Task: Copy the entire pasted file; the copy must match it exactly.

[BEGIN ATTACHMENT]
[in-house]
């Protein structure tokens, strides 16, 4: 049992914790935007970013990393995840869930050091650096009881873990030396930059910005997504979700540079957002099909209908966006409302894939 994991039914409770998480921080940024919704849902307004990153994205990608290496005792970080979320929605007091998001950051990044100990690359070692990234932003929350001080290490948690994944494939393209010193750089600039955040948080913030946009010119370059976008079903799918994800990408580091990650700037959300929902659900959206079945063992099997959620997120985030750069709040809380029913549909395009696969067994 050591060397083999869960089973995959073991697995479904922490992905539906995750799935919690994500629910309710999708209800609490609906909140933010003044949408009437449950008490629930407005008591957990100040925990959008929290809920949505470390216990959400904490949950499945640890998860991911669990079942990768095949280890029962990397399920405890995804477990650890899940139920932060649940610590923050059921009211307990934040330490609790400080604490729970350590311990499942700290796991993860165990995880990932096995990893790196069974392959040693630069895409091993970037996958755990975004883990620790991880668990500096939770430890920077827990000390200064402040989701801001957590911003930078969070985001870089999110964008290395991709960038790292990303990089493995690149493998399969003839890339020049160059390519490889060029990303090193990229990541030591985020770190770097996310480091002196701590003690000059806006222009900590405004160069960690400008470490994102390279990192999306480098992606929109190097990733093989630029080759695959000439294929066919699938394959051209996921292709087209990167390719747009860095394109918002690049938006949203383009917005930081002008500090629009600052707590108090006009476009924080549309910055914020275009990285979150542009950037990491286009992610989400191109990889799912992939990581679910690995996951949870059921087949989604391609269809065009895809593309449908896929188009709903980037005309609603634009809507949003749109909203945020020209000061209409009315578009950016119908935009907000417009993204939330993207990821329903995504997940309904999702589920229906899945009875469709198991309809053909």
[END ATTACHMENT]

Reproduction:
[in-house]
């Protein structure tokens, strides 16, 4: 049992914790935007970013990393995840869930050091650096009881873990030396930059910005997504979700540079957002099909209908966006409302894939 994991039914409770998480921080940024919704849902307004990153994205990608290496005792970080979320929605007091998001950051990044100990690359070692990234932003929350001080290490948690994944494939393209010193750089600039955040948080913030946009010119370059976008079903799918994800990408580091990650700037959300929902659900959206079945063992099997959620997120985030750069709040809380029913549909395009696969067994 050591060397083999869960089973995959073991697995479904922490992905539906995750799935919690994500629910309710999708209800609490609906909140933010003044949408009437449950008490629930407005008591957990100040925990959008929290809920949505470390216990959400904490949950499945640890998860991911669990079942990768095949280890029962990397399920405890995804477990650890899940139920932060649940610590923050059921009211307990934040330490609790400080604490729970350590311990499942700290796991993860165990995880990932096995990893790196069974392959040693630069895409091993970037996958755990975004883990620790991880668990500096939770430890920077827990000390200064402040989701801001957590911003930078969070985001870089999110964008290395991709960038790292990303990089493995690149493998399969003839890339020049160059390519490889060029990303090193990229990541030591985020770190770097996310480091002196701590003690000059806006222009900590405004160069960690400008470490994102390279990192999306480098992606929109190097990733093989630029080759695959000439294929066919699938394959051209996921292709087209990167390719747009860095394109918002690049938006949203383009917005930081002008500090629009600052707590108090006009476009924080549309910055914020275009990285979150542009950037990491286009992610989400191109990889799912992939990581679910690995996951949870059921087949989604391609269809065009895809593309449908896929188009709903980037005309609603634009809507949003749109909203945020020209000061209409009315578009950016119908935009907000417009993204939330993207990821329903995504997940309904999702589920229906899945009875469709198991309809053909």